No: 18; variant: 18A
- SIR EGRABELL had sonnes three,
Blow thy horne, good hunter
Sir Lyonell was one of these.
As I am a gentle hunter
- Sir Lyonell wold on hunting ryde,
Vntill the forrest him beside.
- And as he rode thorrow the wood,
Where trees and harts and all were good,
- And as he rode over the plaine,
There he saw a knight lay slaine.
- And as he rode still on the plaine,
He saw a lady sitt in a graine.
- 'Say thou, lady, and tell thou me,
What blood shedd heere has bee.'
- 'Of this blood shedd we may all rew,
Both wife and childe and man alsoe.
- 'For it is not past 3 days right
Since Sir Broninge was mad a knight.
- 'Nor it is not more than 3 dayes agoe
Since the wild bore did him sloe.'
- 'Say thou, lady, and tell thou mee,
How long thou wilt sitt in that tree.'
- She said, 'I will sitt in this tree
Till my friends doe feitch me.'
- 'Tell me, lady, and doe not misse,
Where that your friends dwellings is.'
- 'Downe,' shee said, 'in yonder towne,
There dwells my freinds of great renowne.'
- Says, 'Lady, Ile ryde into yonder towne
And see wether your friends beene bowne.
- 'I my self wilbe the formost man
That shall come, lady, to feitch you home.'
- But as he rode then by the way,
He thought it shame to goe away;
- And vmbethought him of a wile,
How he might that wilde bore beguile.
- 'Sir Egrabell,' he said, 'My father was;
He neuer left lady in such a case;
- 'Noe more will I' . . .
- 'And a[fter] that thou shalt doe mee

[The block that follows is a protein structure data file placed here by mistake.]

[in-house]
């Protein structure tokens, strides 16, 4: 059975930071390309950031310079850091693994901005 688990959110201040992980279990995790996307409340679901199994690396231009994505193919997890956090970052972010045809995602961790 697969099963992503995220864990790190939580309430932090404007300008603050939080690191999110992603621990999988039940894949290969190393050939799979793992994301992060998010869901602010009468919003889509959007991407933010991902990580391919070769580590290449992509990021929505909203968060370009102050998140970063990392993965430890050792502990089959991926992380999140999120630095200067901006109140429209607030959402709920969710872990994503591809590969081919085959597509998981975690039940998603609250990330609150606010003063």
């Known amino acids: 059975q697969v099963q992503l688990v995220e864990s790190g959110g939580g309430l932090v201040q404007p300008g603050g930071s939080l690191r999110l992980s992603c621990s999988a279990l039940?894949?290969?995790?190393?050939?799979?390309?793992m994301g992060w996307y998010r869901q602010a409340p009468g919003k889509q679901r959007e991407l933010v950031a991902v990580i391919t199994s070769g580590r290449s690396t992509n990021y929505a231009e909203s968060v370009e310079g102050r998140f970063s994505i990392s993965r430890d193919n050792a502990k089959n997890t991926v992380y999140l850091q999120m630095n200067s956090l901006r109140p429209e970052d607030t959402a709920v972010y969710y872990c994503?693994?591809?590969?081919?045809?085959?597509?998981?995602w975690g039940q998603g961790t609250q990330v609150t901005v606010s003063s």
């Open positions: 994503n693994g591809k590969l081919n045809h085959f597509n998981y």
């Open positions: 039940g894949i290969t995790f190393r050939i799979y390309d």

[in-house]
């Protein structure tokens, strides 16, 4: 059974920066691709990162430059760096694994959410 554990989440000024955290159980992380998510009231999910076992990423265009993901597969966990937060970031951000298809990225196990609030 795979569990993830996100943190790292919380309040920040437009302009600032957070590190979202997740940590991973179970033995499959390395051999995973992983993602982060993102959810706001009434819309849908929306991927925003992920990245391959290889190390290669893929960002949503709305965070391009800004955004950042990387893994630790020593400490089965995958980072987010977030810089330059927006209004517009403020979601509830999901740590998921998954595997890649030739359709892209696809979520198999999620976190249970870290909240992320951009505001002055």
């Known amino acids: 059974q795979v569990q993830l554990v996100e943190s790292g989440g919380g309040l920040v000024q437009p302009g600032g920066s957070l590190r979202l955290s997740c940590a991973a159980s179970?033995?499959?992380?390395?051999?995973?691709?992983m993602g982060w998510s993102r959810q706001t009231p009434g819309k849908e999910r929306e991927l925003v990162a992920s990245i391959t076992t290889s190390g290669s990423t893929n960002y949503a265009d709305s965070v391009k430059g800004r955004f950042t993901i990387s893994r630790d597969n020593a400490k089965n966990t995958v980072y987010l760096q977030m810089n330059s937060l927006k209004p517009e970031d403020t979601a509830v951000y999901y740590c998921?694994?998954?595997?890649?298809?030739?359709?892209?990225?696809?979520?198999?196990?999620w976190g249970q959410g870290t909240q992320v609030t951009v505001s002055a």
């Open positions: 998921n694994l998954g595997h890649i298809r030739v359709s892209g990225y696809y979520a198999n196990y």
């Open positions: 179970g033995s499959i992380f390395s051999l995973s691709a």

Thy hawkes and thy lease alsoe.
- 'Soe shalt thou doe at my command
The litle fingar on thy right hand.'
- 'Ere I wold leaue all this with thee,
Vpoon this ground I rather dyee.'
- The gyant gaue Sir Lyonell such a blow,
The fyer out of his eyen did throw.
- He said then, 'if I were saffe and sound,
As with-in this hower I was in the ground,
- 'It shold be in the next towne told
How deare thy buffett it was sold;
- 'And it shold haue beene in the next towne said
How well thy buffett it were paid.'
- 'Take 40 daies into spite,
To heale thy wounds that beene soe wide.
- 'When 40 dayes beene at an end,
Heere meete thou me both safe and sound.
- And till thou come to me againe,
With me thoust leaue thy lady alone.'
- When 40 dayes was at an end,
Sir Lyonell of his wounds was healed sound.
- He tooke with him a litle page,
He gaue to him good yeomans wage.
- And as he rode by one hawthorne,
Even there did hang his hunting horne.
- He sett his bugle to his mouth,
And blew his bugle still full south.
- He blew his bugle lowde and shrill;
The lady heard, and came him till.
- Sayes, 'The gyant lyes vnder yond low,
And well he heares your bugle blow.
- 'And bidds me of good cheere be,
This night heele supp with you and me.'
- Hee sett that lady vppon a steede,
And a litle boy before her yeede.
- And said, 'lady, if you see that I must dye,
As euer you loued me, from me flye.
- 'But, lady, if you see that I must liue,'